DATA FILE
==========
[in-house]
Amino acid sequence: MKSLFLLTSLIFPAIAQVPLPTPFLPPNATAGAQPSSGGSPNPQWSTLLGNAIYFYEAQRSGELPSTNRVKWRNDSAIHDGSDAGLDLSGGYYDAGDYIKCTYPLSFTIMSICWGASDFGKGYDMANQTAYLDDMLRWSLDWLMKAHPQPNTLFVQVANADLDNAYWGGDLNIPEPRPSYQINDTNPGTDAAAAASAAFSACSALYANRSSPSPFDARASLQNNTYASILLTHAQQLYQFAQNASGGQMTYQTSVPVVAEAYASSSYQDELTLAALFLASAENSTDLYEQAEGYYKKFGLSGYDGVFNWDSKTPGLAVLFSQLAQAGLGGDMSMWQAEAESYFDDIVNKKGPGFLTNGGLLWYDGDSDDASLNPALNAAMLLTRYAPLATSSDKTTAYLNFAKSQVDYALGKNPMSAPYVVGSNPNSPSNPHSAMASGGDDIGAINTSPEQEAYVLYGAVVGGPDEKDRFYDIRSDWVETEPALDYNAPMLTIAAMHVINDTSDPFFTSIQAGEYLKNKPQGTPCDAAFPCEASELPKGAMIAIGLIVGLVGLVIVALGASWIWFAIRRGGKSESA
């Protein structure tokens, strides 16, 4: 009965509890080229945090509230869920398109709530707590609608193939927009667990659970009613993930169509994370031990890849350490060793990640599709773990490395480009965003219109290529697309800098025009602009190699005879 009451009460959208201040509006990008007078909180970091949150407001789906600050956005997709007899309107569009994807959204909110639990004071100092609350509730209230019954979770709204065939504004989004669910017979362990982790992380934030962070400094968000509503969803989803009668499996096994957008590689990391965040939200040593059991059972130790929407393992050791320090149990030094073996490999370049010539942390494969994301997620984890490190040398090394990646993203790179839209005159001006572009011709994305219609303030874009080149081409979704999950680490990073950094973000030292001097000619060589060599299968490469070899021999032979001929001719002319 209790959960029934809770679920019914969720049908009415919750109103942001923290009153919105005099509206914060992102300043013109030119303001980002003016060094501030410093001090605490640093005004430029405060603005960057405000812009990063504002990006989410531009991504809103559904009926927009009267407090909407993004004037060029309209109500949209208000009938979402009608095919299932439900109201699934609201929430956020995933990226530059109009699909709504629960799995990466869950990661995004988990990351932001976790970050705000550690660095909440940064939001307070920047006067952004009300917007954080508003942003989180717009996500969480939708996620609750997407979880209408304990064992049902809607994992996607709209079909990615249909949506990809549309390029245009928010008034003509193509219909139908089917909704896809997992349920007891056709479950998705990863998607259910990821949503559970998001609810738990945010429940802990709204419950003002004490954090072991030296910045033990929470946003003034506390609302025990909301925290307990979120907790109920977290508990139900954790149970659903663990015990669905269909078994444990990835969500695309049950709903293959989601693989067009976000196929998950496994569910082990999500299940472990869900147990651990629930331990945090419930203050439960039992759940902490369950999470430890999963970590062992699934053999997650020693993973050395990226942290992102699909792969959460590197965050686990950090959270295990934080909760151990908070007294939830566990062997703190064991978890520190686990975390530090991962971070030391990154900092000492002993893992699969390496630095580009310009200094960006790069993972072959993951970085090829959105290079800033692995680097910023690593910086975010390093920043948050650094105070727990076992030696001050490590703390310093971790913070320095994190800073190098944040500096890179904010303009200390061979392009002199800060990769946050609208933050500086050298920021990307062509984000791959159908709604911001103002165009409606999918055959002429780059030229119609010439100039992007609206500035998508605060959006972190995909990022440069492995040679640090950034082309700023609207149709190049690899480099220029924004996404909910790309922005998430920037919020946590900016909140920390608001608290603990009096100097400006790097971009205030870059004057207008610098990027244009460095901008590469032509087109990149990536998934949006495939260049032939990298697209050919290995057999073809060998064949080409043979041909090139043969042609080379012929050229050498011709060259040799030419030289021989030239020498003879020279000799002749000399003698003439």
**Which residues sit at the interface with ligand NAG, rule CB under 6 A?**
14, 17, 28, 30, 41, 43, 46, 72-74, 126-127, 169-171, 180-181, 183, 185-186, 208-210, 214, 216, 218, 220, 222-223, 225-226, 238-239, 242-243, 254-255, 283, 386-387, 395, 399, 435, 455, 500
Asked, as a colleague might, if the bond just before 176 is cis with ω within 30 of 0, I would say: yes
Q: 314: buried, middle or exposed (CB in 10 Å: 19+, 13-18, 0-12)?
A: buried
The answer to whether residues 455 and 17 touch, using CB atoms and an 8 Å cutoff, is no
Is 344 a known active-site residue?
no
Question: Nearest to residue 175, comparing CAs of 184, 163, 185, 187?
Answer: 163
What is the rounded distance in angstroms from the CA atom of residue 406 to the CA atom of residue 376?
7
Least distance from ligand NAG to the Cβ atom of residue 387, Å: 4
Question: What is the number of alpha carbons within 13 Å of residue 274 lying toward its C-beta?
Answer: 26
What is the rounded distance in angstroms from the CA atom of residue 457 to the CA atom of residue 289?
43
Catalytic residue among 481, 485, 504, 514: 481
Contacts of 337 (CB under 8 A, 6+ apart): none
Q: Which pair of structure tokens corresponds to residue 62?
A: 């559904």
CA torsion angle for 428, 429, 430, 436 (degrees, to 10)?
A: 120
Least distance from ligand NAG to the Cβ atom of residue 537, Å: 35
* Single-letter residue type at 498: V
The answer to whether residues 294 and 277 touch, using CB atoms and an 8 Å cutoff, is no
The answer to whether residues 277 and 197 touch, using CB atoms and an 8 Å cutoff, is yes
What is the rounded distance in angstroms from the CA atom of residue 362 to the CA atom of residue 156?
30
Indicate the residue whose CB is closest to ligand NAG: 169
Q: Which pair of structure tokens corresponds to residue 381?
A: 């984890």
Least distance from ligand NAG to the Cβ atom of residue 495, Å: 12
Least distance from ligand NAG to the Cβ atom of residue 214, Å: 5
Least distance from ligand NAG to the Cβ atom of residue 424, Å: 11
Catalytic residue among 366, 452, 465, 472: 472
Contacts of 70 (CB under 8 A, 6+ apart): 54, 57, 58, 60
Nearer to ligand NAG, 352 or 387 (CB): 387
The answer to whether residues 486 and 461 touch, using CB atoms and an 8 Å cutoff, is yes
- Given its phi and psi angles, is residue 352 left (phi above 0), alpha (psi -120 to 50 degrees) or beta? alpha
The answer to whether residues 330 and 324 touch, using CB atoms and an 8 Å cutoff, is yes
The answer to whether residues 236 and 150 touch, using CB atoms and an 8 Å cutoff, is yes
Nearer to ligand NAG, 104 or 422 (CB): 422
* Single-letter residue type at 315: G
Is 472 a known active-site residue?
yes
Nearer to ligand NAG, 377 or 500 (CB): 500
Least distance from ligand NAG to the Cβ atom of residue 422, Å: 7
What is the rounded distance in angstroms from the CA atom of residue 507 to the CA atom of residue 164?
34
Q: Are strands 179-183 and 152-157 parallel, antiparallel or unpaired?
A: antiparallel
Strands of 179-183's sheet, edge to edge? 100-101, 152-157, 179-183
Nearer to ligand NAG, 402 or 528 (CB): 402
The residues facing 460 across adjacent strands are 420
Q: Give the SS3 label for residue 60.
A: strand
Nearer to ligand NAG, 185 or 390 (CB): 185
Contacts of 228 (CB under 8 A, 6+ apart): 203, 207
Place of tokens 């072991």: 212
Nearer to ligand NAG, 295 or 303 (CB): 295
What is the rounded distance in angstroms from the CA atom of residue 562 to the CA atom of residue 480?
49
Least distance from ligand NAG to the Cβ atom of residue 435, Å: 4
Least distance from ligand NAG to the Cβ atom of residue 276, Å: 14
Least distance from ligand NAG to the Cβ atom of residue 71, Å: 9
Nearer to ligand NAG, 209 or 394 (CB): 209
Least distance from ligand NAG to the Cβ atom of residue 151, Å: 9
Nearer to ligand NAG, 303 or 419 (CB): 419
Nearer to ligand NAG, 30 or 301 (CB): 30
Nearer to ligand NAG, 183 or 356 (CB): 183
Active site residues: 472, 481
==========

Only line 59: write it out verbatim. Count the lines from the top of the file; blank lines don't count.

Q: Give the SS3 label for residue 60.